The Apple MacBook Pro 15in (Early 2011) makes many breakthroughs, none visible from the outside - yet one of those revisions alone may transform personal computing thanks to a welcome boost in connectivity speeds. We take a closer look at the quad-core 15in MacBook Pro with Thunderbolt connector
It’s been heralded for years now, but Apple is the first to market with the fastest computing technology we’ve ever seen.
And we’re not talking about the Intel Sandy Bridge processor inside, even if this is also the first notebook with a second-gen Intel Core Series processor to pass through the PC Advisor Test Centre.
No, what makes this laptop a true pathfinder is its connectivity.
Joining the ubiquitous USB 2.0 and the faster FireWire ports is a new connector, now dubbed Thunderbolt.
This is the electrical incarnation of Intel’s Light Peak technology, conceived as a hyper-fast optical connection standard for uniting computers and their peripherals. It may not be ready in its optical form just yet, but we’re already promised technology here to deliver 10 gigabit per second (Gbps) transfers.
Rock that Unibody
Externally to the casual eye, there’s nothing that will differentiate this new MacBook Pro from the last. It uses exactly the same industrial design, based on a monocoque chassis milled from solid aluminium.
There’s the same backlit keyboard assembled from Scrabble pieces, large multi-touch trackpad, and edge-to-edge glass-fronted display. Those holding out for a redesign of the casework may have to wait for the succeeding series.
But why count down those days anyway? Well, aside from the ill-conceived reflective glass screen, this Unibody generation of Mac portable bucks a common trend almost set in stone by modern computing.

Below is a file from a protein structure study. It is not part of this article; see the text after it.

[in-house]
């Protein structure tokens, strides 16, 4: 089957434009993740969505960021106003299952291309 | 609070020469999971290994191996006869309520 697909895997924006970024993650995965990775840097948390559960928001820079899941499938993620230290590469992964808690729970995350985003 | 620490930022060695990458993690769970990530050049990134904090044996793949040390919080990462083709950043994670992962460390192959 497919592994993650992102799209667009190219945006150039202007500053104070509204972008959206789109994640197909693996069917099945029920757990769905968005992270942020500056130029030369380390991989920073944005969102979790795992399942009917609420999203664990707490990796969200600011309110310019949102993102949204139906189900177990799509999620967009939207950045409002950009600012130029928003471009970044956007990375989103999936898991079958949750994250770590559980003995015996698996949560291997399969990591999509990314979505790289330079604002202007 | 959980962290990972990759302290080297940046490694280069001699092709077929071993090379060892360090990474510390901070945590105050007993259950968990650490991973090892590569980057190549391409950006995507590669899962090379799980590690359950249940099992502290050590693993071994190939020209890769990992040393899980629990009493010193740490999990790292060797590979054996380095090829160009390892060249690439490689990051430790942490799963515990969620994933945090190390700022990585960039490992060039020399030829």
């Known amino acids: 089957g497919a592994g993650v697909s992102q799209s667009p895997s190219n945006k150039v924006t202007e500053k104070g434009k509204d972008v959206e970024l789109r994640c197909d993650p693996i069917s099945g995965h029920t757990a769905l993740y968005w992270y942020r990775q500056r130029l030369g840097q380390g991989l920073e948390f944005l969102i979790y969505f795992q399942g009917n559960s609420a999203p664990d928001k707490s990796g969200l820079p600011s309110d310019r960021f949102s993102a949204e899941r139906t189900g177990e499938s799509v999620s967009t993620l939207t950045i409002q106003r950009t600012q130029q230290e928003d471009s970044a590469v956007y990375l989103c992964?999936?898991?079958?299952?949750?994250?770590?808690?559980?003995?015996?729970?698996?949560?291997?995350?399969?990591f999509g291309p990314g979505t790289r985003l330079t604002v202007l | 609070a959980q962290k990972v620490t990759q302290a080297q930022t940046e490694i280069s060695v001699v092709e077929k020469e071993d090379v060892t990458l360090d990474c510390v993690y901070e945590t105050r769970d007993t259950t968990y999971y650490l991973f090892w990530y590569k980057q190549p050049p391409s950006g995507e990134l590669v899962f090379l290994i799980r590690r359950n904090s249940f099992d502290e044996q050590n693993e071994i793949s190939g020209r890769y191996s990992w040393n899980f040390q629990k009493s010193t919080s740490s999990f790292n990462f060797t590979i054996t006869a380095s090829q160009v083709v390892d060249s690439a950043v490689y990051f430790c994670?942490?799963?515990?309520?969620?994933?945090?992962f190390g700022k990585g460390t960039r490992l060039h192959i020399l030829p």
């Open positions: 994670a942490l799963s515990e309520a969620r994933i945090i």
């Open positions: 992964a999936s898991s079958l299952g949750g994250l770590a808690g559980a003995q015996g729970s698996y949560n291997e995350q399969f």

That is, the current Apple MacBook Pro design is bigger and heavier than its predecessor.
Before Apple launched this shape of MacBook Pro in late 2008, the 15in model measured 357 x 242mm, was 25mm thick and weighed 2.45kg.
With the Unibody revision of autumn 2008, the 15in Apple portable gained weight and girth, now up at 2.54kg and 364 x 249 mm.
It’s no heavier than much of the Windows competition though; and importantly, stronger. Considerably stronger, not to say more elegant.
Two versions of MacBook Pro are offered prêt á porter - both taking quad-core Intel Core i7 chips, running at either 2.0GHz or 2.2GHz. This is the controversial 32nm Sandy Bridge series, which early tests have already established is a marked step-up in performance from the previous processor generation.
Out goes nVidia graphics processors, replaced with AMD cards in the 15in model, while falling back to a revised integrated Intel HD 3000 graphics solution when high-calibre horsepower is not required.
As with the last generation, this MacBook Pro will switch between GPUs without user intervention. But this system is not without its issues.
NEXT PAGE: Graphics switching issues and performance benchmarks >>